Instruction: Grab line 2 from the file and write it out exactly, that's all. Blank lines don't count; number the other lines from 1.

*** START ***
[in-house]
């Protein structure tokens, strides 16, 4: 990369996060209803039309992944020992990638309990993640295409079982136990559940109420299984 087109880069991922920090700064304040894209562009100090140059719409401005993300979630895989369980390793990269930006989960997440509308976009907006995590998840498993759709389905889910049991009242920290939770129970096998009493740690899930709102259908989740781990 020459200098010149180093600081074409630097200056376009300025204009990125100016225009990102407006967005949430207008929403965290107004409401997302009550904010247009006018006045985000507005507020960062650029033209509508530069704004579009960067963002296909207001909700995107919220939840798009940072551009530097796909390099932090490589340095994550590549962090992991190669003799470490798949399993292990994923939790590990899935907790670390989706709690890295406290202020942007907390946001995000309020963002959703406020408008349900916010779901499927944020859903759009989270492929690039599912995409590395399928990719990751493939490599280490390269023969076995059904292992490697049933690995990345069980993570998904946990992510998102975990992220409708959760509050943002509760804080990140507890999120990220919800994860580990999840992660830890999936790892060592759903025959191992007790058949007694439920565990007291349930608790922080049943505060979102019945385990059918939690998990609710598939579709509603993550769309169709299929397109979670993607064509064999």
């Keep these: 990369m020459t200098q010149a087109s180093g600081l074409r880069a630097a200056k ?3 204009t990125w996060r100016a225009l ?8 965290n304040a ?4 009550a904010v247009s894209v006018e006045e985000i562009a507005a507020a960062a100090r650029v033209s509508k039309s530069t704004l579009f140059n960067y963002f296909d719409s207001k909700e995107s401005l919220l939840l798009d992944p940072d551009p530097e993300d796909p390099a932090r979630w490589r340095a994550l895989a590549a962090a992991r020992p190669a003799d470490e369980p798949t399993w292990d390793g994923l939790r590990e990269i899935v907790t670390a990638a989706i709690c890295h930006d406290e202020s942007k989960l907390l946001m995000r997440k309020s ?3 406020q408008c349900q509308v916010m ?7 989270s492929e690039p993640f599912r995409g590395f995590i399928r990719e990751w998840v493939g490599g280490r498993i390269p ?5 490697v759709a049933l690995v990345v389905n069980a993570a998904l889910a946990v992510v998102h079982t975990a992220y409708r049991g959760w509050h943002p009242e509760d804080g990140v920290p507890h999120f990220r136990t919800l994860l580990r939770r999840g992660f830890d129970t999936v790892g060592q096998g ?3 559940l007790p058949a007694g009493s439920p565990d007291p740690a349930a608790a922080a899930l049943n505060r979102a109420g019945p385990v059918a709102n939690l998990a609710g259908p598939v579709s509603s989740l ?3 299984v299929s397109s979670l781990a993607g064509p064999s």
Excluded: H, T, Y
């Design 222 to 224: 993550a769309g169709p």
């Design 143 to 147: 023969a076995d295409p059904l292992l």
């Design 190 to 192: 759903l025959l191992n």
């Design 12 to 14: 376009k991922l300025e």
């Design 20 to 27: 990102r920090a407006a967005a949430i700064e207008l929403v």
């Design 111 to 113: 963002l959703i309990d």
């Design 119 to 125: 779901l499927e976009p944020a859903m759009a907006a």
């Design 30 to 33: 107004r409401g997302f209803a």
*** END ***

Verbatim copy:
């Protein structure tokens, strides 16, 4: 990369996060209803039309992944020992990638309990993640295409079982136990559940109420299984 087109880069991922920090700064304040894209562009100090140059719409401005993300979630895989369980390793990269930006989960997440509308976009907006995590998840498993759709389905889910049991009242920290939770129970096998009493740690899930709102259908989740781990 020459200098010149180093600081074409630097200056376009300025204009990125100016225009990102407006967005949430207008929403965290107004409401997302009550904010247009006018006045985000507005507020960062650029033209509508530069704004579009960067963002296909207001909700995107919220939840798009940072551009530097796909390099932090490589340095994550590549962090992991190669003799470490798949399993292990994923939790590990899935907790670390989706709690890295406290202020942007907390946001995000309020963002959703406020408008349900916010779901499927944020859903759009989270492929690039599912995409590395399928990719990751493939490599280490390269023969076995059904292992490697049933690995990345069980993570998904946990992510998102975990992220409708959760509050943002509760804080990140507890999120990220919800994860580990999840992660830890999936790892060592759903025959191992007790058949007694439920565990007291349930608790922080049943505060979102019945385990059918939690998990609710598939579709509603993550769309169709299929397109979670993607064509064999």